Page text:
Hospital leaders must balance competing priorities on a daily basis. Improving the quality of care and increasing patient satisfaction are ever-present goals. At the same time, there is pressure to reduce costs and protect the bottom line.

The prevalence of healthcare-associated infections (HAIs) in hospitals has major impacts on both clinical and financial outcomes, but it is difficult for organizations to recognize the full range of direct and indirect effects. Moreover, effectively addressing the root causes of HAIs at a facility typically requires a bundle of unique solutions tailored to the organization’s specific needs, goals, and culture.

GOJO recently released a white paper, “Understanding the Cost of HAIs and Building a Culture of Prevention,” to help facility cleaning executives and environmental services professionals. According to their paper:

“As a result of the Patient Protection and Affordable Care Act and previous healthcare reform legislation, reimbursements are increasingly tied to clinical outcomes. Today, hospitals are not reimbursed for the cost of treating HAIs, or caring for patients readmitted within 30 days of discharge. Furthermore, the Centers for Medicare and Medicaid Services are now required to withhold a percentage of reimbursements for individual hospitals based on quality metrics such as readmission rates and patient satisfaction surveys.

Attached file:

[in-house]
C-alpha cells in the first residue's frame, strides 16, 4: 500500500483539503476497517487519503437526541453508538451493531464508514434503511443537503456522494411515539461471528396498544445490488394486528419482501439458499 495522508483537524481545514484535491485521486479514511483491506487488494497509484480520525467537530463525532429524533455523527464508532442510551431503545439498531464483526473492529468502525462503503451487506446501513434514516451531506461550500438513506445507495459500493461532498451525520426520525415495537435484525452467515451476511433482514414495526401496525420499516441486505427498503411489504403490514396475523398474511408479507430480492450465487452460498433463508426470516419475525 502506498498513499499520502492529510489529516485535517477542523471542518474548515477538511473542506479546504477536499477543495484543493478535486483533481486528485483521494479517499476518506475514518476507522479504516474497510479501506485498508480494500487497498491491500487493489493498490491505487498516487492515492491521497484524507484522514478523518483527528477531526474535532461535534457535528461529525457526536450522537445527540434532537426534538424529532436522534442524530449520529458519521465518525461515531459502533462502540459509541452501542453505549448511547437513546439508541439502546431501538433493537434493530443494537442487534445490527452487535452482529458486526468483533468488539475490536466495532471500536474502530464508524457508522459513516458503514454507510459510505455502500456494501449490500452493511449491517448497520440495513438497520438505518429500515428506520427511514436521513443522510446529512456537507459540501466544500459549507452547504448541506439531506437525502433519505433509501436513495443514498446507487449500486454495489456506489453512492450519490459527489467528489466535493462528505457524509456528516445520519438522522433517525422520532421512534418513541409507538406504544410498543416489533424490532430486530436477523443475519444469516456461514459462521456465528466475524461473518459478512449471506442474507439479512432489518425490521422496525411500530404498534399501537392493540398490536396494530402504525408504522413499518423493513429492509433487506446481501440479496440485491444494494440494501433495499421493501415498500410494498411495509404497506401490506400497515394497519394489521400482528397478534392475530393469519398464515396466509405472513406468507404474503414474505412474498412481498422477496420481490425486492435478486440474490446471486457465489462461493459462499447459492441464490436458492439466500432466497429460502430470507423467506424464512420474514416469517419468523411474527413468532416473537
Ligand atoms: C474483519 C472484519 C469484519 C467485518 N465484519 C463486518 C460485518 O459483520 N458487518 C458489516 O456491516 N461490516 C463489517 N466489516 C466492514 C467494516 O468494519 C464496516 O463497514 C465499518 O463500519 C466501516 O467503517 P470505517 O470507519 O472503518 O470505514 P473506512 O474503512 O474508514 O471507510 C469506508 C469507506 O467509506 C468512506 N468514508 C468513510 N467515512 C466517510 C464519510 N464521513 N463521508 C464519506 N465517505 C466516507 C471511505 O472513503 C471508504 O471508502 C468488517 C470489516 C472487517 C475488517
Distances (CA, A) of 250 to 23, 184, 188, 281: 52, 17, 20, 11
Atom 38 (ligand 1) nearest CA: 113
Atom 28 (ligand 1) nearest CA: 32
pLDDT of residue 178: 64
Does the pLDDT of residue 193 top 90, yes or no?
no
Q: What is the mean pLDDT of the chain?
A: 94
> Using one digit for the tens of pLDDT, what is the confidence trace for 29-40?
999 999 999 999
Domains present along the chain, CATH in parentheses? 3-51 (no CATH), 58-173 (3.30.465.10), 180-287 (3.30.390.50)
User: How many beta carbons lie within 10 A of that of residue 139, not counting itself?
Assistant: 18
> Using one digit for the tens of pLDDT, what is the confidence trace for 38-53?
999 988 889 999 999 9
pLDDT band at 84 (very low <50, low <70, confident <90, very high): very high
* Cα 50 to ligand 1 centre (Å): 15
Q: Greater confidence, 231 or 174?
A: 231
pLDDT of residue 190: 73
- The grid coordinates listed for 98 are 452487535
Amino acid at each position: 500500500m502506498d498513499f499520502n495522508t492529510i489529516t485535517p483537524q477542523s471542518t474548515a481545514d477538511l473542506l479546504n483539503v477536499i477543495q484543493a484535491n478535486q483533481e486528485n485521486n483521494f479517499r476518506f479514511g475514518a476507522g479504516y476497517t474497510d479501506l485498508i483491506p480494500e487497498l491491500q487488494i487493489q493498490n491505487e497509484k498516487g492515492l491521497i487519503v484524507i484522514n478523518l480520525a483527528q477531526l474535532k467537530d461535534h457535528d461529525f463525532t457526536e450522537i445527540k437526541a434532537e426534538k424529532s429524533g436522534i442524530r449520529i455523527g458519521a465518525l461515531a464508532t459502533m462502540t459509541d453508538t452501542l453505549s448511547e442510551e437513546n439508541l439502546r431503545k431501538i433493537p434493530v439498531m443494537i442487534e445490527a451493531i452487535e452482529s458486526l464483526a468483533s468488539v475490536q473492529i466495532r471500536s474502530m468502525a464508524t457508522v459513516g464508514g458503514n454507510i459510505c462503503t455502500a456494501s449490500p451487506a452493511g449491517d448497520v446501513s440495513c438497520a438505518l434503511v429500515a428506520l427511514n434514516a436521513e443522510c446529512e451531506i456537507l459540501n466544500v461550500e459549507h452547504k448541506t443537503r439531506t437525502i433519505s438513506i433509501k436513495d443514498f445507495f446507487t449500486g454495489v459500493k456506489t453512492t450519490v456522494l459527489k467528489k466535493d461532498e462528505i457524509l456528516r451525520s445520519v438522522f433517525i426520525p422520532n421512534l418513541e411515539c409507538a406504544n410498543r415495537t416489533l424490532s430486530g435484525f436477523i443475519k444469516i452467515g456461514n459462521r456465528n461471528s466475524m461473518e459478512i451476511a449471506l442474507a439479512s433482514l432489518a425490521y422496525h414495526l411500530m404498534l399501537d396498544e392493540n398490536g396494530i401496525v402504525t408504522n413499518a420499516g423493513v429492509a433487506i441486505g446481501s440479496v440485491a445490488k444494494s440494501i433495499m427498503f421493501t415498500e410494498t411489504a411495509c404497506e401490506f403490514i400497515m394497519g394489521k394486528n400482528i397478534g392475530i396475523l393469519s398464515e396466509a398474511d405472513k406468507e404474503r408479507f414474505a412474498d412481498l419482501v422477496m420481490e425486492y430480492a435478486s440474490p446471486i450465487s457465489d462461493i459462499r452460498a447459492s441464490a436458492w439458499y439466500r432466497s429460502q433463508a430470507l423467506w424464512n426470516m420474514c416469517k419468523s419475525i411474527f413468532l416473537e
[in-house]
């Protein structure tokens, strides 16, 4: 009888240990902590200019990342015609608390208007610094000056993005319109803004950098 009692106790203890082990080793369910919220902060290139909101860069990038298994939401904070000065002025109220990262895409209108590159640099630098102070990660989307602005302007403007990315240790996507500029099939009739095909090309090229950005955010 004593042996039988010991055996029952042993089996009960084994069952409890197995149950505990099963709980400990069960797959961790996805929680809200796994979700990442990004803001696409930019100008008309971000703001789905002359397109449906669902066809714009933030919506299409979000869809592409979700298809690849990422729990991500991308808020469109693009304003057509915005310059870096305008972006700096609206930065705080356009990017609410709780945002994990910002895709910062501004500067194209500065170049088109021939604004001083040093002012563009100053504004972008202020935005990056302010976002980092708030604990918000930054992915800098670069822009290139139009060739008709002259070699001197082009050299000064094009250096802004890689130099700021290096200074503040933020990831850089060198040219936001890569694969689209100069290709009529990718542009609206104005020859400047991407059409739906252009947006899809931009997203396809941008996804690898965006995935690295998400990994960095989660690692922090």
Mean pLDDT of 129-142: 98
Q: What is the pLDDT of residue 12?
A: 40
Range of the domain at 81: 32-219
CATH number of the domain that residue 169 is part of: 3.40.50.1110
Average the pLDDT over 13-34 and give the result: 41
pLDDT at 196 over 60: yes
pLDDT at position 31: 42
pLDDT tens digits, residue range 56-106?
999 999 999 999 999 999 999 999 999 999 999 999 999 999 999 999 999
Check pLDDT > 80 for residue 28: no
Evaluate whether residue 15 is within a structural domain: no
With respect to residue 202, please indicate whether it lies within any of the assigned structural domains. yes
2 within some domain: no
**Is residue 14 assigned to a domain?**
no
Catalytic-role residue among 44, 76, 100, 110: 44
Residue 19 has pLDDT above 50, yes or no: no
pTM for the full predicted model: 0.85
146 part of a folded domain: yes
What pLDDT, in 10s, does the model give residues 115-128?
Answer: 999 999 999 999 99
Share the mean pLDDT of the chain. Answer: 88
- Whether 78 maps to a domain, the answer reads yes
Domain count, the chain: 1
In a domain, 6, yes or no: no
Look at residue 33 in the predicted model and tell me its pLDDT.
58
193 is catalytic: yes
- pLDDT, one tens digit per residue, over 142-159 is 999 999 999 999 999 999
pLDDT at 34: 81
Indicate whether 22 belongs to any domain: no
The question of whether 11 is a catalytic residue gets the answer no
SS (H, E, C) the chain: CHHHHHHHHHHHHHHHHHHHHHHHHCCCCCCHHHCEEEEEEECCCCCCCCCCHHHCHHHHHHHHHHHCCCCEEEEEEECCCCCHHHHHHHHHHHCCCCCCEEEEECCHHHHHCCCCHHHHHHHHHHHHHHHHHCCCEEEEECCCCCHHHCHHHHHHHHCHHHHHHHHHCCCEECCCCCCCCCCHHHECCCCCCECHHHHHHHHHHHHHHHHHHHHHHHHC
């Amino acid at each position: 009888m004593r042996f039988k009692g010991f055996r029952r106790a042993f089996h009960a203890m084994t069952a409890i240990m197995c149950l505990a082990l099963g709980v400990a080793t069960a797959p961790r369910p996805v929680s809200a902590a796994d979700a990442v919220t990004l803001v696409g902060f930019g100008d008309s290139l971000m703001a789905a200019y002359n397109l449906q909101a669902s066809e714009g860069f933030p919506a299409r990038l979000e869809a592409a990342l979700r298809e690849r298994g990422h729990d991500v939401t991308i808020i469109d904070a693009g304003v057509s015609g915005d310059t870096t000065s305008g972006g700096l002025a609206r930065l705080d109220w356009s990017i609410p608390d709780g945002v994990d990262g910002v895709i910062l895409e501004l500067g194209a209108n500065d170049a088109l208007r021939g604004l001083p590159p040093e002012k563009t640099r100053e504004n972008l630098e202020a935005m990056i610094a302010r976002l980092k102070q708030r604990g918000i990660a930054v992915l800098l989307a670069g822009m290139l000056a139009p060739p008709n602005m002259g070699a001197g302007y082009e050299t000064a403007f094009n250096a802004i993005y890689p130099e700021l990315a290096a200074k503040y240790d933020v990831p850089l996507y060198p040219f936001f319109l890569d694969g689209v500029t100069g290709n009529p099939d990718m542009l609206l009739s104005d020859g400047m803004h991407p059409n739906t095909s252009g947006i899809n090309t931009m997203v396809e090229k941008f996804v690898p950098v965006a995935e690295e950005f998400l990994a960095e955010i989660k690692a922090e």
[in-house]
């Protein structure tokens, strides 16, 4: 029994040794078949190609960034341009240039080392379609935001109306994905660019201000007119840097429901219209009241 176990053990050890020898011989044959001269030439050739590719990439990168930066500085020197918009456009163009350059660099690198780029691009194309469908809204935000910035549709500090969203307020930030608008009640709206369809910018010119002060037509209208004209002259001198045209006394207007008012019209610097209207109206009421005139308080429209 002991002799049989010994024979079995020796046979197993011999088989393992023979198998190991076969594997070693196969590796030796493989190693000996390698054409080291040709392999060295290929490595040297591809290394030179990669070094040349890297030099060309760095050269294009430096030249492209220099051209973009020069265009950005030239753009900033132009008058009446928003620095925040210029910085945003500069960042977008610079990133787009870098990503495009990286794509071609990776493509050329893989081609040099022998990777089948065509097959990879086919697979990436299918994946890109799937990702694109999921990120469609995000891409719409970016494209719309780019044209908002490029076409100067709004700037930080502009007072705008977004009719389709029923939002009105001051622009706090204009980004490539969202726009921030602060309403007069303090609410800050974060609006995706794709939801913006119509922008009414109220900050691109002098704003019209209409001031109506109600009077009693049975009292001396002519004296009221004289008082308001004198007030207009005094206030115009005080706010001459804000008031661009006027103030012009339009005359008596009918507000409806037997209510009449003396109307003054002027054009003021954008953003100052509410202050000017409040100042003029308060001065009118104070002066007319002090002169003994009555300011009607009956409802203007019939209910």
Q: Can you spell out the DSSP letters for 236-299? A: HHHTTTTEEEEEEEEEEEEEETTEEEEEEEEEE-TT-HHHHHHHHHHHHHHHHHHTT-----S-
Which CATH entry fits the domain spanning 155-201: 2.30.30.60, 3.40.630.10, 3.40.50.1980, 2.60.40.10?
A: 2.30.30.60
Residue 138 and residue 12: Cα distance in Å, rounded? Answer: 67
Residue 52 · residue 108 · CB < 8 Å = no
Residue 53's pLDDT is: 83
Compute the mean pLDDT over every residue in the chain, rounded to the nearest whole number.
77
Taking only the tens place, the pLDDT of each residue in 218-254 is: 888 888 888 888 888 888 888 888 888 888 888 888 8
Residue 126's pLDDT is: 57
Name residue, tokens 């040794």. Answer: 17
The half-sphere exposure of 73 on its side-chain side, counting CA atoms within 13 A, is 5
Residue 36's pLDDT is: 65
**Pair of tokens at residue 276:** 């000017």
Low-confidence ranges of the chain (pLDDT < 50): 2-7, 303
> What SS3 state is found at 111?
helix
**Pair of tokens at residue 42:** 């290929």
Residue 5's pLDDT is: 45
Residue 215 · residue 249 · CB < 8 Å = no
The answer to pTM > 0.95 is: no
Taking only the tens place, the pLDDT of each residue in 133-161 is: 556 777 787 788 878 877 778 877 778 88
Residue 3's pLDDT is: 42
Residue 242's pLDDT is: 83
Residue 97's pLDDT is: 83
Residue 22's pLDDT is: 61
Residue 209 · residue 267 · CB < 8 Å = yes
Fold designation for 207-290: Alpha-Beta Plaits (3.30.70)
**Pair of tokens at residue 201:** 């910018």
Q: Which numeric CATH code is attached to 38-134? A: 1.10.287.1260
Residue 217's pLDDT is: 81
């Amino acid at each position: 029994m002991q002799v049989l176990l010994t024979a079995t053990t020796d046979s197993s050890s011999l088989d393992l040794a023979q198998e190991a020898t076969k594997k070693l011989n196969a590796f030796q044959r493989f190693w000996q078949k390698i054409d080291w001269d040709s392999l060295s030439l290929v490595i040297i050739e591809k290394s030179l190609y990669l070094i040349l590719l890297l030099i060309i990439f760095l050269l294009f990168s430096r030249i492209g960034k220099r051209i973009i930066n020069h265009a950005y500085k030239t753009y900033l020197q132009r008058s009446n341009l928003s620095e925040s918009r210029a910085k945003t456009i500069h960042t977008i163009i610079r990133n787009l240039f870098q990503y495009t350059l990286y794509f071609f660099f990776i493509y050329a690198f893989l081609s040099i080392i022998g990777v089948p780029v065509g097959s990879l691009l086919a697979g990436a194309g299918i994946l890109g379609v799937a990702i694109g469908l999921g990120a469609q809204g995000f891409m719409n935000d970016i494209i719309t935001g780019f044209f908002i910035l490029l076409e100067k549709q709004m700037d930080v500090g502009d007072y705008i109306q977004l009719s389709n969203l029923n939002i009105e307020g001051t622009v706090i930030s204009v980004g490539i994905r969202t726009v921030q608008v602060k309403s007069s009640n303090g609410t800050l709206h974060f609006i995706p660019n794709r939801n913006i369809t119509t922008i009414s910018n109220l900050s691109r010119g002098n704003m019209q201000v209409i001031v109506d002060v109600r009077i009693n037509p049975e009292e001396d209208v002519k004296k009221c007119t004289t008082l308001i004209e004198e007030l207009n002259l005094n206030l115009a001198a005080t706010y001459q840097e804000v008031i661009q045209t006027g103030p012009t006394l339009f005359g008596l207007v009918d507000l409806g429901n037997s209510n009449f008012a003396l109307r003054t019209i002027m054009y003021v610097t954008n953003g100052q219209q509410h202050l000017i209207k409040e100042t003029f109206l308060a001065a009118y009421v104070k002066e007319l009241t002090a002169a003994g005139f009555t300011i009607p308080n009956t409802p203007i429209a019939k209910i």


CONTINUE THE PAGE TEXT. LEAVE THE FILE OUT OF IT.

“Due to the lack of reimbursement for HAI-related care, these infections cause major financial losses for hospitals. The Pennsylvania Health Care Cost Containment Council1 examined statewide data from 2006—2007 and determined that the average cost to the hospital of caring for a patient without an HAI is $35,000. In contrast, the cost of treating a patient with an HAI is more than $190,000.

“Beyond the direct financial impact, there is also a significant opportunity cost associated with HAIs. An infected patient can be confined to a hospital bed for days or weeks beyond their initial treatment timeline, and the facility will not be reimbursed for the associated costs. Throughout this period, the hospital will not be able to place a new, revenue-generating patient in that bed. The Pennsylvania study determined that the average length of stay for a patient who contracts an HAI is 19.7 days—compared with only 4.4 days for a patient who does not acquire an HAI.

“Other indirect costs of HAIs include the increased risk of malpractice litigation and public relations concerns. In today’s increasingly consumer-driven healthcare market, negative media coverage of a hospital’s cleanliness and safety can have a significant impact on the organization’s ability to attract patients and generate revenue.”

To help simplify the information, GOJO also released the following infographic.